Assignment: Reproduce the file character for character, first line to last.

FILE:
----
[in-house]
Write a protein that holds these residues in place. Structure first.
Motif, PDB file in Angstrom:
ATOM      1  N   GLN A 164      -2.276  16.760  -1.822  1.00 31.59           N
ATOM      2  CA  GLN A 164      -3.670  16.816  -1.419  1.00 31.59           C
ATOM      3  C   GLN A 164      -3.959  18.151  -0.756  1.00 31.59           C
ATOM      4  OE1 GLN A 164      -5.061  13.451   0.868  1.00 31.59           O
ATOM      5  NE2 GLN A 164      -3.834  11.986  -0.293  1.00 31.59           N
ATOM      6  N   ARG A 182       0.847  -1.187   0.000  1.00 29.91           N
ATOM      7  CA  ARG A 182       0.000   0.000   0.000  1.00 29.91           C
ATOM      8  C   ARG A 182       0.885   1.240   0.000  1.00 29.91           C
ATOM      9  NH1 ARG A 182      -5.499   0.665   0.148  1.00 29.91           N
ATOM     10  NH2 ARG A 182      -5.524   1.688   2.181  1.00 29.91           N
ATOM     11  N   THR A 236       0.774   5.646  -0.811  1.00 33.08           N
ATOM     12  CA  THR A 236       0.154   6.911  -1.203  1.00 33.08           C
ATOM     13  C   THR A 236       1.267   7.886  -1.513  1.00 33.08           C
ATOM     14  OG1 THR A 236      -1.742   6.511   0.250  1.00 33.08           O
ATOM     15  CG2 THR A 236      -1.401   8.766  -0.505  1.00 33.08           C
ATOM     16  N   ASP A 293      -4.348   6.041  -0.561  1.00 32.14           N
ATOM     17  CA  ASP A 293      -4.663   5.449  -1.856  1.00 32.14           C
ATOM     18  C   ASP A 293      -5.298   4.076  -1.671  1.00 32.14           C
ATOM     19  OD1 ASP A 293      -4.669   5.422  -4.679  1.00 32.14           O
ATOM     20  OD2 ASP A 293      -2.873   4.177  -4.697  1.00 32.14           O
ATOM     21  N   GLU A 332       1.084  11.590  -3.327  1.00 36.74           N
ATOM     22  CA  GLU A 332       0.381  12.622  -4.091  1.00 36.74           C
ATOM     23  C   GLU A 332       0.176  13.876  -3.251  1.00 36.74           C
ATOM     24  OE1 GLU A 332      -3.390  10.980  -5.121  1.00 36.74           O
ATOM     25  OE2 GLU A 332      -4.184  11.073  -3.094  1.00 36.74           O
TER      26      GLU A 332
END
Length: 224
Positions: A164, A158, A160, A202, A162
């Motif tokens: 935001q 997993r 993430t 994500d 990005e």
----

[in-house]
Write a protein that holds these residues in place. Structure first.
Motif, PDB file in Angstrom:
ATOM      1  N   GLN A 164      -2.276  16.760  -1.822  1.00 31.59           N
ATOM      2  CA  GLN A 164      -3.670  16.816  -1.419  1.00 31.59           C
ATOM      3  C   GLN A 164      -3.959  18.151  -0.756  1.00 31.59           C
ATOM      4  OE1 GLN A 164      -5.061  13.451   0.868  1.00 31.59           O
ATOM      5  NE2 GLN A 164      -3.834  11.986  -0.293  1.00 31.59           N
ATOM      6  N   ARG A 182       0.847  -1.187   0.000  1.00 29.91           N
ATOM      7  CA  ARG A 182       0.000   0.000   0.000  1.00 29.91           C
ATOM      8  C   ARG A 182       0.885   1.240   0.000  1.00 29.91           C
ATOM      9  NH1 ARG A 182      -5.499   0.665   0.148  1.00 29.91           N
ATOM     10  NH2 ARG A 182      -5.524   1.688   2.181  1.00 29.91           N
ATOM     11  N   THR A 236       0.774   5.646  -0.811  1.00 33.08           N
ATOM     12  CA  THR A 236       0.154   6.911  -1.203  1.00 33.08           C
ATOM     13  C   THR A 236       1.267   7.886  -1.513  1.00 33.08           C
ATOM     14  OG1 THR A 236      -1.742   6.511   0.250  1.00 33.08           O
ATOM     15  CG2 THR A 236      -1.401   8.766  -0.505  1.00 33.08           C
ATOM     16  N   ASP A 293      -4.348   6.041  -0.561  1.00 32.14           N
ATOM     17  CA  ASP A 293      -4.663   5.449  -1.856  1.00 32.14           C
ATOM     18  C   ASP A 293      -5.298   4.076  -1.671  1.00 32.14           C
ATOM     19  OD1 ASP A 293      -4.669   5.422  -4.679  1.00 32.14           O
ATOM     20  OD2 ASP A 293      -2.873   4.177  -4.697  1.00 32.14           O
ATOM     21  N   GLU A 332       1.084  11.590  -3.327  1.00 36.74           N
ATOM     22  CA  GLU A 332       0.381  12.622  -4.091  1.00 36.74           C
ATOM     23  C   GLU A 332       0.176  13.876  -3.251  1.00 36.74           C
ATOM     24  OE1 GLU A 332      -3.390  10.980  -5.121  1.00 36.74           O
ATOM     25  OE2 GLU A 332      -4.184  11.073  -3.094  1.00 36.74           O
TER      26      GLU A 332
END
Length: 224
Positions: A164, A158, A160, A202, A162
């Motif tokens: 935001q 997993r 993430t 994500d 990005e």